27. Kline RB. Principles and Practice of Structural Equation Modeling. New York, NY: Guilford Press; 1998.
    28. Lorenzi NM, Riley RT, Blyth AJ, Southon G, Dixon BJ. Antecedents of the people and organizational aspects of medical informatics: review of the literature. J Am Med Inform Assoc 1997;4(2):79-93 [FREE Full text] [Medline]
    29. Getty M, Ryan AA, Ekins ML. A comparative study of the attitudes of users and non-users towards computerized care planning. J Clin Nurs 1999 Jul;8(4):431-439. [Medline]
    30. Ajzen I, Fishbein M. Understanding Attitudes and Predicting Social Behavior. Englewood Cliffs, NJ: Prentice-Hall; 1980.


    Abbreviations

    CI: confidence interval
    ICC: intraclass correlation coefficient
    TPB: theory of planned behavior


    Edited by G Eysenbach; submitted 30.04.12; peer-reviewed by TT Lee, S Jetté, G Chen; comments to author 19.06.12; revised version received 28.06.12; accepted 30.07.12; published 13.09.12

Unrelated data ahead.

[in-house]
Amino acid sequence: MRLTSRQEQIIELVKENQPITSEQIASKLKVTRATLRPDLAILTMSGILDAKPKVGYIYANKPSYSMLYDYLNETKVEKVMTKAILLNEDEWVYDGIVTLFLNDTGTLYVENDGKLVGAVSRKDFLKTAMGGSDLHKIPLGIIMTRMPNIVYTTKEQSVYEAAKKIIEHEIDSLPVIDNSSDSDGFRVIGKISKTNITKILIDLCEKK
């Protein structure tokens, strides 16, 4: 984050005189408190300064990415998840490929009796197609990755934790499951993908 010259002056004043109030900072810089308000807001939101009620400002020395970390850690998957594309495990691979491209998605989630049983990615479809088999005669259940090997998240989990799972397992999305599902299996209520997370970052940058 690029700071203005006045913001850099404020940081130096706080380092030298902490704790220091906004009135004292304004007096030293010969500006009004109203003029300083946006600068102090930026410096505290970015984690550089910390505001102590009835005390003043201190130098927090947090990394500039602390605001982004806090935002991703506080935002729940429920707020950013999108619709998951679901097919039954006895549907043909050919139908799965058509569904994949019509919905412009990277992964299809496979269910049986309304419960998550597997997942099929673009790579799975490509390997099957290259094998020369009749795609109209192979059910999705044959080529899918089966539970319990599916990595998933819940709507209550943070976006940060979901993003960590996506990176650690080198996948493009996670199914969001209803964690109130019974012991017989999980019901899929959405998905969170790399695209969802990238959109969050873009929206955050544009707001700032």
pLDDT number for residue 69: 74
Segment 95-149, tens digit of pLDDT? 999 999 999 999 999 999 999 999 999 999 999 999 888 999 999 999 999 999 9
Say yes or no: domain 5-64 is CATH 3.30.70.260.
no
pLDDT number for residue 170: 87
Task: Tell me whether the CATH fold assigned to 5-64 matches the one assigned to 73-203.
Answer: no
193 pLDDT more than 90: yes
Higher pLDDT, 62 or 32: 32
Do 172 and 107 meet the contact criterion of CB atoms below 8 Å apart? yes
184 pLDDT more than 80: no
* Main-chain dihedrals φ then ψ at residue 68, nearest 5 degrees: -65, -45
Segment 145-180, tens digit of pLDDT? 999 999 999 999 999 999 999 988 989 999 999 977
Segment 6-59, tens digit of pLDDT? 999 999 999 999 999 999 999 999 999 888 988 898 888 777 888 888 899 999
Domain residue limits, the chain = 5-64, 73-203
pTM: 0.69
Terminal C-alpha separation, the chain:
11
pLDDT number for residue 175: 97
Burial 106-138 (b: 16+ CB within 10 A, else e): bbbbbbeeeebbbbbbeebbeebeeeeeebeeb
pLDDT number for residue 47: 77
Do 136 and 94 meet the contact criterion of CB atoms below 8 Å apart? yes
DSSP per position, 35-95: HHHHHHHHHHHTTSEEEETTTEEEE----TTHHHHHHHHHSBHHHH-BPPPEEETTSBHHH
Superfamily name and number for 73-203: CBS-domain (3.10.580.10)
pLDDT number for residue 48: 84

©Christian Malo, Xavier Neveu, Patrick Michel Archambault, Marcel Émond, Marie-Pierre Gagnon. Originally published in the Interactive Journal of Medical Research (http://www.i-jmr.org/), 13.09.2012.

    This is an open-access article distributed under the terms of the Creative Commons Attribution License (http://creativecommons.org/licenses/by/2.0/), which permits unrestricted use, distribution, and reproduction in any medium, provided the original work, first published in the Interactive Journal of Medical Research, is properly cited. The complete bibliographic information, a link to the original publication on http://www.i-jmr.org/, as well as this copyright and license information must be included.